RARE Daily

PTC Reports Late Stage Study Failure of Treatment for Rare Mitochondrial Disease Associated Seizures

June 30, 2023

Rare Daily Staff

PTC Therapeutics reported that the MIT-E trial of vatiquinone for the treatment of rare mitochondrial disease associated seizures failed to achieve its primary endpoint of reduction in observable motor seizures.

The study showed evidence of treatment effect in reducing seizure frequency in the overall study population and in the largest subgroup of children with Leigh syndrome, in whom benefit was also observed in the key secondary endpoints of occurrence of status epilepticus and disease-related

“While we are disappointed with the results of the study, we hope that there are learnings that can benefit the development of other therapies for patients with mitochondrial disease, who remain without approved treatments for this highly morbid and fatal set of diseases,” said Matthew Klein, CEO of PTC Therapeutics.

The MIT-E study is a double-blind, placebo-controlled study of vatiquinone in pediatric patients with genetically confirmed mitochondrial disease and associated refractory seizures. The study enrolled 68 children at study sites worldwide. The study included a 24-week placebo-controlled phase followed by a 48-week open-label phase. The primary endpoint was the reduction in observable motor seizures during the 24 weeks placebo-controlled phase. All subjects who completed the placebo-controlled phase were eligible to participate in the open-label phase of the study.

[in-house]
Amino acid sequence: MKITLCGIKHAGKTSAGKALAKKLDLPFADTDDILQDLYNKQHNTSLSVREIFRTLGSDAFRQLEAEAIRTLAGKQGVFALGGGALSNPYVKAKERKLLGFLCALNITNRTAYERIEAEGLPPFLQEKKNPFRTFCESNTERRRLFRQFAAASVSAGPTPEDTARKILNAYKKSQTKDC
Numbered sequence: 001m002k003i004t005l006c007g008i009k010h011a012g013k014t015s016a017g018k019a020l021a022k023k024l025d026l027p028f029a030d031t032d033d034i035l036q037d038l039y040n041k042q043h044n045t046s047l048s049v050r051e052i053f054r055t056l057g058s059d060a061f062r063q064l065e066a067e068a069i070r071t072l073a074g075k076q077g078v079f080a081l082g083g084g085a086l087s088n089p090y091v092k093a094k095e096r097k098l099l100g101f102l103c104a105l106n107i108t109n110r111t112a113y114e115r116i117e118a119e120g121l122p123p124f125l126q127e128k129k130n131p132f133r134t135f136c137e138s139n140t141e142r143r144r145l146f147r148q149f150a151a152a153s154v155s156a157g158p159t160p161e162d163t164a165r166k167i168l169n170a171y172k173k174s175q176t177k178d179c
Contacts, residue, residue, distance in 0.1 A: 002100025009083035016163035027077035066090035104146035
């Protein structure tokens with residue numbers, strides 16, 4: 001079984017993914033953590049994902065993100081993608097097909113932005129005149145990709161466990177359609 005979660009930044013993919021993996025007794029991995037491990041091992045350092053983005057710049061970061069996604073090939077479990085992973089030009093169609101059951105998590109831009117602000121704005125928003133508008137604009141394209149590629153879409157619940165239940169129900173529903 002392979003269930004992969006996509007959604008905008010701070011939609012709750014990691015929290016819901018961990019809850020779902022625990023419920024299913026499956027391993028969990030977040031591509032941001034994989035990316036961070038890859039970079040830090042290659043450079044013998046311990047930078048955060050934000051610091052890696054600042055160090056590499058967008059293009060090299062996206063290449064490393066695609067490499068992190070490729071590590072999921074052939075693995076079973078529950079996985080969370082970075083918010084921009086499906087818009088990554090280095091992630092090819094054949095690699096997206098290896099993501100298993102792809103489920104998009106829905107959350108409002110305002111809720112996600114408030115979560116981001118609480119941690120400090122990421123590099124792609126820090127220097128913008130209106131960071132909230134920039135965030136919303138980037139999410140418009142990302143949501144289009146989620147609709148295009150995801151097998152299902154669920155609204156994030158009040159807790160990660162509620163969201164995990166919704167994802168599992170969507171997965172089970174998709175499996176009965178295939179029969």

Vatiquinone is an investigational new drug that targets 15-lipoxygenase, a regulator of key energetic and oxidative stress pathways. Vatiquinone has been evaluated in a number of clinical studies and has demonstrated an impact on mortality risk and a number of neurological and neuromuscular disease symptoms. The treatment also has extensive safety data, with the longest duration of exposure being over 10 years.

PTC said the MIT-E study results do not support the advancement of vatiquinone for the treatment of MDAS, but plans to discuss the results of the MOVE-FA trial of vatiquinone for the treatment of Friedreich ataxia with regulatory authorities based on signals of clinical benefit on key subscales of the mFARS, such as upright stability, even though that study also failed to meet the primary endpoint.

Photo: Matthew Klein, CEO of PTC Therapeutics

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